ALEXANDROUPOLIS - Unable to stem the tide of refugees and migrants coming by land or sea, Greece’s New Democracy government is reportedly considering extending a fence on the land border along the perilous Evros River to keep them out.
The plan, said Kathimerini, would be to block off the entire border with another iron fence that hasn’t worked so far to keep them from coming, a number drowning in the river trying to get across and six dying of exposure in the area in recent days during a cold snap.
Pavlos Pavlidis, a coroner in the northeastern town of Alexandroupoli, said the victims were four men and two women, all under 30 years old. Their identities and nationalities were unknown, although the two women appeared to be from Africa, he said.
Five of the bodies were found over the weekend and the sixth was found Dec. 5, Pavlidis said. The bodies of the two women were found near the Evros River, which flows along much of the land border between Greece and Turkey. The men were found in hilly terrain.
All were believed to have entered illegally from Turkey. Although most of the migrants entering Greece from Turkey use the sea route, in small, unseaworthy boats provided by smuggling gangs, many opt for the Evros land corridor. Extending the fence, especially in winter, won’t be an easy task as the Evros stretches for over 230 kilometers (143 miles) on the Greek side of the border and if the river overflows during the winter, a frequent occurrence, it could bring down the fence, the paper said.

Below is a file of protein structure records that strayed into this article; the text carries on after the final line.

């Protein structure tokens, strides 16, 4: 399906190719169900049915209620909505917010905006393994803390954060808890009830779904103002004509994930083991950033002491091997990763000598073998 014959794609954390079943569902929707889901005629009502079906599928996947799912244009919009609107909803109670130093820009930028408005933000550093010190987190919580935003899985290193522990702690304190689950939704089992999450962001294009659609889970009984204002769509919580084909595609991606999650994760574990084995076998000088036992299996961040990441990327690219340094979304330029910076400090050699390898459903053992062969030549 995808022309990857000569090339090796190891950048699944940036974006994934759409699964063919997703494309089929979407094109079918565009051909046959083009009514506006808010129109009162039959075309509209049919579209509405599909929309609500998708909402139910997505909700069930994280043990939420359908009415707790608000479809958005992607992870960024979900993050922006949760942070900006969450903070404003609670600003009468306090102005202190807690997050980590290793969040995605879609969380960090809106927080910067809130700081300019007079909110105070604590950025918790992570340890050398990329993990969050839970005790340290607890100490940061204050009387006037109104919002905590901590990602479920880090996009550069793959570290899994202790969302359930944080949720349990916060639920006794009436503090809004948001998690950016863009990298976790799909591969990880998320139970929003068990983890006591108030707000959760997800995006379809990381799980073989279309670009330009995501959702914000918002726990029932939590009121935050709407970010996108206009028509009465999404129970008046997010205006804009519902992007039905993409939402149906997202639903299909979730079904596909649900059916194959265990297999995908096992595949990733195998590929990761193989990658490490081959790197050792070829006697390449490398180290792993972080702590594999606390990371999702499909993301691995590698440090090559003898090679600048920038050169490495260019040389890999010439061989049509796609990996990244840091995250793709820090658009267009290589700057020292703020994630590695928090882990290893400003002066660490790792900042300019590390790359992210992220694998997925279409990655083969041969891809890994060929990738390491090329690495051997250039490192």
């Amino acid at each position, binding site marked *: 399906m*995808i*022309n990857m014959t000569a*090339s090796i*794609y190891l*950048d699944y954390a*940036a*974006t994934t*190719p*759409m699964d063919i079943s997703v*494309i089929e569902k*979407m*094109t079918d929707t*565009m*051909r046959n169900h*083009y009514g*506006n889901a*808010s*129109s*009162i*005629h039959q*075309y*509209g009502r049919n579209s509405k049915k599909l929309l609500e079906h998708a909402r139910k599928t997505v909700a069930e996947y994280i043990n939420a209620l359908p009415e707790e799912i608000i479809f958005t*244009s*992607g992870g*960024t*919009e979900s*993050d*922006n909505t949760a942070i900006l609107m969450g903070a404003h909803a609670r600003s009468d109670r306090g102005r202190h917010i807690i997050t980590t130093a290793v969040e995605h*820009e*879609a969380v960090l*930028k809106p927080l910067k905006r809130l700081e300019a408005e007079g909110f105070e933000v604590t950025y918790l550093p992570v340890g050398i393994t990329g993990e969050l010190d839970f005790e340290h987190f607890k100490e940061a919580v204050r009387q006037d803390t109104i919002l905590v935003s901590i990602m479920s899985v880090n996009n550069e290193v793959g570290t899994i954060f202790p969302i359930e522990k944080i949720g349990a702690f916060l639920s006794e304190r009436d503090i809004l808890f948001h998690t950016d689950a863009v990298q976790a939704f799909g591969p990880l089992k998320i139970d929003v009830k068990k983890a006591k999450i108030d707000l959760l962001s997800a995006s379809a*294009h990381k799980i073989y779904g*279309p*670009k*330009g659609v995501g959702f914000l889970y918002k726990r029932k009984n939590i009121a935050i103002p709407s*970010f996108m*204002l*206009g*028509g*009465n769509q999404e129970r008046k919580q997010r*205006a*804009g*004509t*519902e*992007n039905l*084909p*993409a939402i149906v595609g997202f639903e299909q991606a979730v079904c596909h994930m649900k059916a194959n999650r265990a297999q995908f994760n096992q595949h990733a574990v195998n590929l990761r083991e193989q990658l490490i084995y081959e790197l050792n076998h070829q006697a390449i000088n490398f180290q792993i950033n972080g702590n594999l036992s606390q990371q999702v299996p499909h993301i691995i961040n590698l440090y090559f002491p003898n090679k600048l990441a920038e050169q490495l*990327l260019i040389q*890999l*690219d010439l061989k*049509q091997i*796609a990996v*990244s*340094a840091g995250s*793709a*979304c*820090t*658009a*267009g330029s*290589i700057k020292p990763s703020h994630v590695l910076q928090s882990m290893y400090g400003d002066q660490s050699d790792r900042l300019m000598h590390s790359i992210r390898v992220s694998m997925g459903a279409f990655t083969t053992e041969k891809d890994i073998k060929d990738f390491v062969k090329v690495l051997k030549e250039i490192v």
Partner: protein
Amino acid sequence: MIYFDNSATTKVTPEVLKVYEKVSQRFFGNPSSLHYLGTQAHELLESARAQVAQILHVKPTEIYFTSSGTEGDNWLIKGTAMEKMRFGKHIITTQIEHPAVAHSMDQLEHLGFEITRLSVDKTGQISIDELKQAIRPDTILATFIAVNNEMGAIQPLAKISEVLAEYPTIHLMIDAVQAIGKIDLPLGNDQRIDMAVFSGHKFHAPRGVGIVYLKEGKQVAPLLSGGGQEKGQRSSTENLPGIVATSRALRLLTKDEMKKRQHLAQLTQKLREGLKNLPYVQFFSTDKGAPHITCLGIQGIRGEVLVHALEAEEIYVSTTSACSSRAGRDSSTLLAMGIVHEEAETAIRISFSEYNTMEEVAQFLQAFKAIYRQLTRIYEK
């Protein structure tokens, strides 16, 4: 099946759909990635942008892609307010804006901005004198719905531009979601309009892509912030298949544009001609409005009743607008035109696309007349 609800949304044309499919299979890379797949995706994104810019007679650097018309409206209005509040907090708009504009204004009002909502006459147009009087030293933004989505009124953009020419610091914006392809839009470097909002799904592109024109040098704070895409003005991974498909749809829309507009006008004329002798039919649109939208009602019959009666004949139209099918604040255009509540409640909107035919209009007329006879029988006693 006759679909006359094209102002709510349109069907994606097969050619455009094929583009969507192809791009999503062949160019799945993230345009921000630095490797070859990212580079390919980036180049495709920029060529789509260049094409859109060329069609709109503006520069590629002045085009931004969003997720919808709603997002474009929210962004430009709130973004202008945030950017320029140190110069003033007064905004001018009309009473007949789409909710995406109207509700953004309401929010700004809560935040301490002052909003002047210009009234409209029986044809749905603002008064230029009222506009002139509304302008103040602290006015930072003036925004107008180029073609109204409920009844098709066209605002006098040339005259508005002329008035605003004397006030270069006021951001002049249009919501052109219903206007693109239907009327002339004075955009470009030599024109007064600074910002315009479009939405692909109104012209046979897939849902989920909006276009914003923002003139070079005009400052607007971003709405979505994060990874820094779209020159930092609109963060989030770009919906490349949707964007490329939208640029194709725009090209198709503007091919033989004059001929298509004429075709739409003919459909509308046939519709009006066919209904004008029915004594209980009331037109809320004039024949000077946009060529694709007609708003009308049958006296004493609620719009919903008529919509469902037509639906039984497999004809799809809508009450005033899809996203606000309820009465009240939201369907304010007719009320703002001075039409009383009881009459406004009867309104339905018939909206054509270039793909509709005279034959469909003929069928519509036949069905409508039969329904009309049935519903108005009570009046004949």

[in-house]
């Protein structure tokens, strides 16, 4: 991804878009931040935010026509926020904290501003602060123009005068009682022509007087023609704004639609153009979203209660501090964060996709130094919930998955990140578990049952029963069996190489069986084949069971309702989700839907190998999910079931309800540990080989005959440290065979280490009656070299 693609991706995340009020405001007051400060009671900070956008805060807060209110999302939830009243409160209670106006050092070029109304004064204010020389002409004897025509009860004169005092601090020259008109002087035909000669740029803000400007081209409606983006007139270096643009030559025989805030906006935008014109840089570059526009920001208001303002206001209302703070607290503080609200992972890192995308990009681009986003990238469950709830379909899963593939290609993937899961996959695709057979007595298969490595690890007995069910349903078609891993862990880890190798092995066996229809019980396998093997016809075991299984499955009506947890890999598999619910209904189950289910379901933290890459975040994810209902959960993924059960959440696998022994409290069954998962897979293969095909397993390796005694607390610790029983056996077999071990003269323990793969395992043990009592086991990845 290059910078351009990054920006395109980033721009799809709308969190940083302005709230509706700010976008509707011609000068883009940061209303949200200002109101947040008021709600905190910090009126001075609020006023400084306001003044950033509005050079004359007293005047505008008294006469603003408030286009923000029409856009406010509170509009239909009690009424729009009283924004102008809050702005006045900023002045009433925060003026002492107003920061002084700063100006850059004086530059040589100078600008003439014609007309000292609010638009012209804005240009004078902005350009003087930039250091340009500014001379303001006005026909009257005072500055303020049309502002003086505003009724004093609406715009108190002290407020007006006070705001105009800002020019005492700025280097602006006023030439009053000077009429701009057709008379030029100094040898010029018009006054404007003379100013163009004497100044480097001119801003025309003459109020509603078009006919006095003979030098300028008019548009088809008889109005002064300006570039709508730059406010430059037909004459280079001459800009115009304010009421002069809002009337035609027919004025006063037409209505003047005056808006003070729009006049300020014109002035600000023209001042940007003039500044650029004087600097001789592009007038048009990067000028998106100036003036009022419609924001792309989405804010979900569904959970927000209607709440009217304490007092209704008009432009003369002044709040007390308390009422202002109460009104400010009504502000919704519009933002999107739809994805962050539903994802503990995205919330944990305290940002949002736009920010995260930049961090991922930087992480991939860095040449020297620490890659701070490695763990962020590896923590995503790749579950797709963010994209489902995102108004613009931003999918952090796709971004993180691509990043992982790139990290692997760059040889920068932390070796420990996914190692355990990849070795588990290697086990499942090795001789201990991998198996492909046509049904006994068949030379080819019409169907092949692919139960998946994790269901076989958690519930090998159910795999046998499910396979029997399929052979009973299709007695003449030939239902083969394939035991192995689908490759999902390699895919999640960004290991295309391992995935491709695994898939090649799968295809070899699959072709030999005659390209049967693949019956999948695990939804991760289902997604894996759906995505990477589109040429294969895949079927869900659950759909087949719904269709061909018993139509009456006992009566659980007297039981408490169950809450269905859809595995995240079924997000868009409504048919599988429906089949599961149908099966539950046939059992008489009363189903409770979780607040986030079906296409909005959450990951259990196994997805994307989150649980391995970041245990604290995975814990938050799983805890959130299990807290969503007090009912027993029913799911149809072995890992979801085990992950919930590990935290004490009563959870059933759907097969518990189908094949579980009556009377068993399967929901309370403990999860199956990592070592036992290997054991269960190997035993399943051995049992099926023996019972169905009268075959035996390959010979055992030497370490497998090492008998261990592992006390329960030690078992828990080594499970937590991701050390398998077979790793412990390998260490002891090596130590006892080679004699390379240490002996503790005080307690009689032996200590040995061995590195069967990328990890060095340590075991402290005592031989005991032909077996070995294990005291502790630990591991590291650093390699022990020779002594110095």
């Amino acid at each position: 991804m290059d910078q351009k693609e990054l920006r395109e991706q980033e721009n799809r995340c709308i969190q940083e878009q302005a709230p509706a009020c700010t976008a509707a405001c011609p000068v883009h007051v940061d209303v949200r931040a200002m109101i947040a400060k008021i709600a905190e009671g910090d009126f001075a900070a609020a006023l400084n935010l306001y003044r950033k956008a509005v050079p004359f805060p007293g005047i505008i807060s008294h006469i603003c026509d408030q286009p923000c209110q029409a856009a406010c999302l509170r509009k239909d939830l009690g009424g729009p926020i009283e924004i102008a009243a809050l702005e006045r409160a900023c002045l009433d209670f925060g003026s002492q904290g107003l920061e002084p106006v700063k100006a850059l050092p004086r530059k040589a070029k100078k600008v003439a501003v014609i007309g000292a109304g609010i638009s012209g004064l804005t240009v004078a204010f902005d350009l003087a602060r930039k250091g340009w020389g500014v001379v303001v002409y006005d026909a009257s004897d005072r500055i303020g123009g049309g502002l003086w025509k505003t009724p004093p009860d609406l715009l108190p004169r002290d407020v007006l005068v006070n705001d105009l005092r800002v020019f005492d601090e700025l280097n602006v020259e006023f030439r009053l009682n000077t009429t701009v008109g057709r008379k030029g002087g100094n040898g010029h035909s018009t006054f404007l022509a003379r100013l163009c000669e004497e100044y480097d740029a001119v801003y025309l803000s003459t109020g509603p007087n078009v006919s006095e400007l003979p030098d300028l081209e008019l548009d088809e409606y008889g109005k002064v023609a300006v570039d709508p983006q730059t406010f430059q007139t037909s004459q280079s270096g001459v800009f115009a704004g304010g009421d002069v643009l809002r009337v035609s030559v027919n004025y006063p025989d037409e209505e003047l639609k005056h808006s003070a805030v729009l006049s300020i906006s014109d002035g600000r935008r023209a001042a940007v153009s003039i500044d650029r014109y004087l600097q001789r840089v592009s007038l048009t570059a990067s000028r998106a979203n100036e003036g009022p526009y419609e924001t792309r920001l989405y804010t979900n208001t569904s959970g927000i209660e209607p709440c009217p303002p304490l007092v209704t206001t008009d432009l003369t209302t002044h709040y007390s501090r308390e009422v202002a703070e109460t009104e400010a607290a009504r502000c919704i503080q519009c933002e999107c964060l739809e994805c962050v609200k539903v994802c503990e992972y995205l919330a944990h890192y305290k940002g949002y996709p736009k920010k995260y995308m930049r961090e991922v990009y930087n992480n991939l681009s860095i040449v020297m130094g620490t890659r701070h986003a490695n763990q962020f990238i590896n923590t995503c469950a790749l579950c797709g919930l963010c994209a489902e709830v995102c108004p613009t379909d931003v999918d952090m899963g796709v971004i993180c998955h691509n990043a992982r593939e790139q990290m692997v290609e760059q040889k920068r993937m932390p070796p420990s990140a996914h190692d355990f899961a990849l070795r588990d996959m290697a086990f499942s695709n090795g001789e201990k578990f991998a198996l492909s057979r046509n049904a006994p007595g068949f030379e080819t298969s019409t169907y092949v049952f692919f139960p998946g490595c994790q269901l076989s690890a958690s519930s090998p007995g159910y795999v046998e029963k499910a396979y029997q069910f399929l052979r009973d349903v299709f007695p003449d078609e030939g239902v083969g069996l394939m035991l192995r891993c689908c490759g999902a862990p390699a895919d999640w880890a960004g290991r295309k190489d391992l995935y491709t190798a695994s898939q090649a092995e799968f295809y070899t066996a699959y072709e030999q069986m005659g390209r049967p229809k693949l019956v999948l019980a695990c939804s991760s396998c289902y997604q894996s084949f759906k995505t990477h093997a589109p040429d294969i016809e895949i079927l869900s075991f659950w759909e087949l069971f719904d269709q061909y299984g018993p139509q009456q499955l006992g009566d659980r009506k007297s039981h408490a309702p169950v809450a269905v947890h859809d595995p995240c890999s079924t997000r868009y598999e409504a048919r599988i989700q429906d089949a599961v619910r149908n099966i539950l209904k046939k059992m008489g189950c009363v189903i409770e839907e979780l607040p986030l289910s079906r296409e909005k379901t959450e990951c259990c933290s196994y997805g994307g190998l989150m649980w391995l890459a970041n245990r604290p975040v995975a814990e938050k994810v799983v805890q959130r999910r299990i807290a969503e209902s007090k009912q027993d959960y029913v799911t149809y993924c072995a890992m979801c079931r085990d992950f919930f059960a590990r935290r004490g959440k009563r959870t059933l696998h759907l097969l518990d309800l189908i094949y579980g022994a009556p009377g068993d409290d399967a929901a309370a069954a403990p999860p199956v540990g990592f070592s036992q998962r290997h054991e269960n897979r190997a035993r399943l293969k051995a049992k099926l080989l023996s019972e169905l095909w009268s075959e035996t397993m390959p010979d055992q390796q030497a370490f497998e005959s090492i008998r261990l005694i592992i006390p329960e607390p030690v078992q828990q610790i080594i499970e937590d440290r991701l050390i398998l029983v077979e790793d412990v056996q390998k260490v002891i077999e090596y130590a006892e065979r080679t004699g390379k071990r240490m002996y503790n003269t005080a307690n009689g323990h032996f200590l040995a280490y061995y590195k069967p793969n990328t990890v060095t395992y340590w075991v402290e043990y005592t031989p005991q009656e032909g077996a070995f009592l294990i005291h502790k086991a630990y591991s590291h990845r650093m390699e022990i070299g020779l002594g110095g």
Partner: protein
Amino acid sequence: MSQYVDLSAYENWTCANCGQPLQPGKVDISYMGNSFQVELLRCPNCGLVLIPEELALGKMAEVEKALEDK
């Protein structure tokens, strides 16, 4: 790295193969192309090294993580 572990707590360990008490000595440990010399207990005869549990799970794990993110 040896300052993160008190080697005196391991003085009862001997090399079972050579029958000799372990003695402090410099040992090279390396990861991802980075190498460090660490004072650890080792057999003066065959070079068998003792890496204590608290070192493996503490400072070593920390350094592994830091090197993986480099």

A similar steel-enforced fence put up by Bulgaria covering more than 250 kilometers (155.3 miles) along its border with Turkey has proved to keep out refugees and migrants with the European Union closing its borders to them, dumping the problem largely on Greece, which is overwhelmed with more than 96,000, including some 34,700 on islands near Turkey which lets human traffickers keep sending them.
They had gone to Turkey fleeing war and strife in their homelands, especially Afghanistan and Syria’s civil war, but also economic migrants from sub-Saharan African looking for work and a better life in the EU but left only with the option of seeking sanctuary in Greece.
Turkish President Recep Tayyip Erdogan has threatened to flood the EU with millions more of them, through Greek islands and Greek Premier Kyriakos Mitsotakis has responded by ordering the transfer of 20,000 off islands to the mainland, speeding the processing of asylum applications and sending as many back to Turkey, which has accepted only 2,000 since a 2016 swap deal with the EU that’s effectively been suspended.
More than 44,000 refugees and migrants came to Greek islands in the aftermath of New Democracy ousting the Radical Left SYRIZA in July 7 snap elections, with no signs of a let-up as Erdogan is apparently using them as bargaining chips to get concessions from the bloc.
They are often seen in groups crossing the Egnatia Highway and passing through the villages in the area – in particular the region of Rodopi, riling local residents who don’t want them, with many migrants trying to find shelter in warehouses and farm buildings.
That has sometimes led to fires destroying buildings and equipment as well as a rise in thefts and petty crime, with no account of whether it was done by migrants trying to survive as the EU has hesitated over what to do.
(Material from the Associated Press was used in this report)